If only I'd picked up one more tiny little book last month. Just a wafer-thin one. Pat the Bunny or something. Then I could have a solid average of 25 books per month in the first half of the year, instead of a measly 24.83.
But, alas. I would certainly have exploded.
Anyway, as I was updating my spreadsheet with the 149 titles I did read from January to June, I noticed a few worthy titles I hadn't blogged about, so before I get to my July books, I want to talk about them.
First up, Geraldine Brooks's latest, Caleb's Crossing. I am a huge fan of Brooks, who astounds me with the breadth and scope of her subjects. Being anywhere in her vicinity guarantees me that I will be completely transported, and lose all track of my real life. And she never takes me to the same place twice. In this instance, it was Martha's Vineyard in the 1600s, when young settler Bethia's independent spirit and vast curiosity lead to a furtive and world-opening friendship with a Wampanoag chieftain's son who becomes known to her, and eventually to the world, as Caleb. The novel is based on the slim information available about the life of the real Caleb, who graduated from Harvard in 1665 - the first Native American to do so. Bethia writes of stolen knowledge, of the differences and points of communion between cultures, of words and writing and belonging. Brooks returns to these themes regularly, but never runs out of ways to explore them, or things I want to hear her say about them.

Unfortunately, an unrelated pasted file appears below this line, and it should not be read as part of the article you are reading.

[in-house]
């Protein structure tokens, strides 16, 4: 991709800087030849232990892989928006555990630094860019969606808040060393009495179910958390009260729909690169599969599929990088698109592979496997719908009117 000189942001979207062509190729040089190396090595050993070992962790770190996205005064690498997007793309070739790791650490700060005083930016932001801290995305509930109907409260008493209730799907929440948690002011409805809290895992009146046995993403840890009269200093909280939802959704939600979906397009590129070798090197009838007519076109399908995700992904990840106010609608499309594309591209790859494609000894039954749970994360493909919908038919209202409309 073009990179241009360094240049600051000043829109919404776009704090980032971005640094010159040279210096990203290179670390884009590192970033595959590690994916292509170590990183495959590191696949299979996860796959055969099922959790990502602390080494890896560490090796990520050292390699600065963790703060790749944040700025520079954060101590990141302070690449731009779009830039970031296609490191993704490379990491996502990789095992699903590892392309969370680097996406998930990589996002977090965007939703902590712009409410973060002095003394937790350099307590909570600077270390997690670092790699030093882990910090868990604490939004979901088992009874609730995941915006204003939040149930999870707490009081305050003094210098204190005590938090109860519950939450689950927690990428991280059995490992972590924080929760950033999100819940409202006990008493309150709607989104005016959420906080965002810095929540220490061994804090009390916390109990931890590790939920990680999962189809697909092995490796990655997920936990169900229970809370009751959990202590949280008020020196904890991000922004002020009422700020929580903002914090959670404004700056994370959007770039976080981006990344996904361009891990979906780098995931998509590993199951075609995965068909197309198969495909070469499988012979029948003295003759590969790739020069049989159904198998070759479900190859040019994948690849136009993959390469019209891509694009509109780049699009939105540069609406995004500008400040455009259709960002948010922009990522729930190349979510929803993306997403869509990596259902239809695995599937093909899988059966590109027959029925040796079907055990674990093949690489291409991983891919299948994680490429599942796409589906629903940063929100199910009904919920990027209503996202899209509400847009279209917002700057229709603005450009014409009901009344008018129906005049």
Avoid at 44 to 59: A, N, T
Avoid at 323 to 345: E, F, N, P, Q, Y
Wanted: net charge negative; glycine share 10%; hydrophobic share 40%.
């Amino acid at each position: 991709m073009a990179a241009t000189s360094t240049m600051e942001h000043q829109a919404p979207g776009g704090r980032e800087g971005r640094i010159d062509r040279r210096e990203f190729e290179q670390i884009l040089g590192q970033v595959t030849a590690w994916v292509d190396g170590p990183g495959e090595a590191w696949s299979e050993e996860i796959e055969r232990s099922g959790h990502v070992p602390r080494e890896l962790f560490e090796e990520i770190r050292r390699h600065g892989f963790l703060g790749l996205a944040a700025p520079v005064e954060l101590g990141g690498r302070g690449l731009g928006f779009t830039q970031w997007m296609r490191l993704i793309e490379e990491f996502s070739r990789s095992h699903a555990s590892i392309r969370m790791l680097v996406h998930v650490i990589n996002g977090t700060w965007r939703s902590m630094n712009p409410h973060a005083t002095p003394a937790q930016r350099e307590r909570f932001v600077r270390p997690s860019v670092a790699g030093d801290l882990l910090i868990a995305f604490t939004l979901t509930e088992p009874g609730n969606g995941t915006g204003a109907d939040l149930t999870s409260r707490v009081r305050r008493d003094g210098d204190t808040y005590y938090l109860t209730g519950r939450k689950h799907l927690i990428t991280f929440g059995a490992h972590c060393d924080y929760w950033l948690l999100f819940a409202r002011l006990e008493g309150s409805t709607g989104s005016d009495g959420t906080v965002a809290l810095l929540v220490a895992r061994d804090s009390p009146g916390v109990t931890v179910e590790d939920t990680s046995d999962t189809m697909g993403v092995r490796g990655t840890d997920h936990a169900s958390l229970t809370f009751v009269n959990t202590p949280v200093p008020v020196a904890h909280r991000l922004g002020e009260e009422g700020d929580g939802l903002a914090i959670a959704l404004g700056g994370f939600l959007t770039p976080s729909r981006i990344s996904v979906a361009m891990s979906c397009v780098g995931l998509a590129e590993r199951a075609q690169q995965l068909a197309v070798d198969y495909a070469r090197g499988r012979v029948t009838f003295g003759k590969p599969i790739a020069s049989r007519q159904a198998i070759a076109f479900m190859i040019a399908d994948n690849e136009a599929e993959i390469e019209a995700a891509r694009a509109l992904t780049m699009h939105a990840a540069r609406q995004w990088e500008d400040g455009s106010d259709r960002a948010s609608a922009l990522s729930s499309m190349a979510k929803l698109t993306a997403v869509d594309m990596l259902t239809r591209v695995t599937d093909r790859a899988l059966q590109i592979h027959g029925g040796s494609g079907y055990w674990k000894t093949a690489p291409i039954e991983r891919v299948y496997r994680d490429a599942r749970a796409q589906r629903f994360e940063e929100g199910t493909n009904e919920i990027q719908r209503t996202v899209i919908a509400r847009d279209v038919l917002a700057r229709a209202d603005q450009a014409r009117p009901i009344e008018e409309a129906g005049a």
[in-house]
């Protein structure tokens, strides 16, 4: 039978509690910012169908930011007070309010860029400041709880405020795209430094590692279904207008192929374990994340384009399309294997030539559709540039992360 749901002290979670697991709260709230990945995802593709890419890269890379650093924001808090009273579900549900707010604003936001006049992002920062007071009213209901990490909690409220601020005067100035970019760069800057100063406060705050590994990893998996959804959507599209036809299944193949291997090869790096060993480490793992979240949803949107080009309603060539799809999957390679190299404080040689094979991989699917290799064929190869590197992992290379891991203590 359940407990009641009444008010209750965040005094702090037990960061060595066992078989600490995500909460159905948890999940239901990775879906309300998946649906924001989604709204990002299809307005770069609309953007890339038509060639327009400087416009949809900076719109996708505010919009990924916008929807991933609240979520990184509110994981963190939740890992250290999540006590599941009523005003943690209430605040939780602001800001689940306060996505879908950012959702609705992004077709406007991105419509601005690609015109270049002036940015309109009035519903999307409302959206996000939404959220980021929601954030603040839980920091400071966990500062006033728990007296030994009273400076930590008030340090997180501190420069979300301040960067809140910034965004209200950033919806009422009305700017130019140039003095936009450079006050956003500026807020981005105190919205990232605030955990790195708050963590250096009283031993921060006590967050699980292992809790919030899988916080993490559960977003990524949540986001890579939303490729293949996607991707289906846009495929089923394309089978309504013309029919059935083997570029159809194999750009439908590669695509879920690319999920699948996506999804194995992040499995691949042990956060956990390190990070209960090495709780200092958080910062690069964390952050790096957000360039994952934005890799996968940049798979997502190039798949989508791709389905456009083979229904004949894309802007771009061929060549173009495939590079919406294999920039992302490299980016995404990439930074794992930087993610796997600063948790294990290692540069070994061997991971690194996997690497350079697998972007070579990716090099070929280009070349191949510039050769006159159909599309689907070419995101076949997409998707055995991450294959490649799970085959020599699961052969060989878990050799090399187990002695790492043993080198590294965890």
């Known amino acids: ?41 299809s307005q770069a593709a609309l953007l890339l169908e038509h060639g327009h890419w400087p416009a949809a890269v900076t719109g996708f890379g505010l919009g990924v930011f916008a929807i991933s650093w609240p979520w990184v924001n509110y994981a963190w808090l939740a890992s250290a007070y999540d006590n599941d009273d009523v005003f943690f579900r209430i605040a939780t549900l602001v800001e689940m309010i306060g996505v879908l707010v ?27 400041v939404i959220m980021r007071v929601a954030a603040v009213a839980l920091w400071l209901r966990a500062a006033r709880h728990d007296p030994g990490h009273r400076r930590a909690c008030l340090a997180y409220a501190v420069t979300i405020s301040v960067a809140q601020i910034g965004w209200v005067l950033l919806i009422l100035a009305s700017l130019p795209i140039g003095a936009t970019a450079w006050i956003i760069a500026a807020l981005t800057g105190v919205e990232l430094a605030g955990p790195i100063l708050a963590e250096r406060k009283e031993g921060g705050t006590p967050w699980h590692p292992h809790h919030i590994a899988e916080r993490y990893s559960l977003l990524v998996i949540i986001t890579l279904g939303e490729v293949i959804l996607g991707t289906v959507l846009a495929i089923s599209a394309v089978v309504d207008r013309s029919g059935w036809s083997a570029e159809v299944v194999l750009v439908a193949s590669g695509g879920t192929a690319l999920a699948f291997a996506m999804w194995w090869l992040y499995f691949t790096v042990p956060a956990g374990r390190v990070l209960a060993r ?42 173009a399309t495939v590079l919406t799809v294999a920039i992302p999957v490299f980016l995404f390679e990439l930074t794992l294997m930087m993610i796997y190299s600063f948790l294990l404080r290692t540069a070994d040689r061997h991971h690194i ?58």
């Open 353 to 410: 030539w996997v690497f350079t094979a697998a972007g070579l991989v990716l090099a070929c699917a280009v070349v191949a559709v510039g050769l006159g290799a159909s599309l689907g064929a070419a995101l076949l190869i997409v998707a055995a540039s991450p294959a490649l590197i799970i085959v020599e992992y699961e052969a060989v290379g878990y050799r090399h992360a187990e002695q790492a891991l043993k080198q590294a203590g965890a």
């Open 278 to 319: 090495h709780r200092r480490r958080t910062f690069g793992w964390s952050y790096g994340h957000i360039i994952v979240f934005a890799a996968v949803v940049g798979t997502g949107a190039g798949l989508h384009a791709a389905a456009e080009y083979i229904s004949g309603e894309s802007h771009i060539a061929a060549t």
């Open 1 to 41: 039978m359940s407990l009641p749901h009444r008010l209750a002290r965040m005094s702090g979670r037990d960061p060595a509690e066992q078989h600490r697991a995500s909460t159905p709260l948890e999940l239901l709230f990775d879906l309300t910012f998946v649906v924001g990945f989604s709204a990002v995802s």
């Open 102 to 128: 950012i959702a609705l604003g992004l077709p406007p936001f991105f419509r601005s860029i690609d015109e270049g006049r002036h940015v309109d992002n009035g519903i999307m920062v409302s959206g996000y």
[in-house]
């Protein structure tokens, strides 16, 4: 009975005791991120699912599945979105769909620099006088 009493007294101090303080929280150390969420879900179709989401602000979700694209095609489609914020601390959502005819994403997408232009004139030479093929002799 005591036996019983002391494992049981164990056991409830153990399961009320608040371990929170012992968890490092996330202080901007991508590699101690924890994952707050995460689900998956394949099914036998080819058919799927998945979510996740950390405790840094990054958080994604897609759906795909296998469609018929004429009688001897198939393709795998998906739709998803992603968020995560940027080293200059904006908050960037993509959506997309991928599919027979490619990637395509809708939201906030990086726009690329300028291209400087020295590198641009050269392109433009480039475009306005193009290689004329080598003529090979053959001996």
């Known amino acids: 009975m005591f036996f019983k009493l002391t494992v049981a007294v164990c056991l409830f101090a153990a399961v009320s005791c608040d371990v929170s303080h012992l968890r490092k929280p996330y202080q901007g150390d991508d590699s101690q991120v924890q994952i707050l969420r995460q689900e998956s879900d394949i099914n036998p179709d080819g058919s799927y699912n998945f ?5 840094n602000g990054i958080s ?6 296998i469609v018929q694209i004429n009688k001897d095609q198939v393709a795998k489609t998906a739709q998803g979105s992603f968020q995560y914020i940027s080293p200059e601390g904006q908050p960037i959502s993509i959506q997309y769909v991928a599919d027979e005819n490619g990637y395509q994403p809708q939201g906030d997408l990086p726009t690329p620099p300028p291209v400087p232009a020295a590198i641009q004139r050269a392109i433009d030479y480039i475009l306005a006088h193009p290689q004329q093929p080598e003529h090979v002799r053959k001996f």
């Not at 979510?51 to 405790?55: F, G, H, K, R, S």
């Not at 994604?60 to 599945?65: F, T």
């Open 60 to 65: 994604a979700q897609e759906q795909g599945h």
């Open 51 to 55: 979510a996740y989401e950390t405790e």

Patrick Ness uses a talking dog to immediately immerse YA (and other!) readers into the dystopian world of The Knife of Never Letting Go, the first of the Chaos Walking trilogy. It's eerie, and mysterious, and Todd, who's not quite a man yet, is thrust deep into danger that goes well beyond the crocs and the viruses and the aliens who were displaced when his people moved with never a bye-your-leave onto their world. Ness keeps the tension balanced on a knife-edge throughout, which led to many many nights, while I was reading this to the 11-year-old, of my succumbing to "just one more chapter" and not nearly enough sleep. Probably we should start the second book soon, before summer ends and regular bedtimes become slightly more important.
The Lover's Dictionary, by David Levithan, plays with the definition of "novel." Each alphabetical page is a word, explicated by a man trying to dissect and find the heart of his relationship with his lover. The definitions are brief but telling, each word chosen carefully and building together into a portrait of what is both wrong and right between them. (Levithan also has a Twitter feed with additional definitions, which is a great thing to add to your own feed, should you have such a thing. I'd wager even those who haven't read the book could get the spirit of the thing.) This is a playful, intriguing novel that gets at a truth about love while also changing a bit what you'd expect from the novel form to begin with.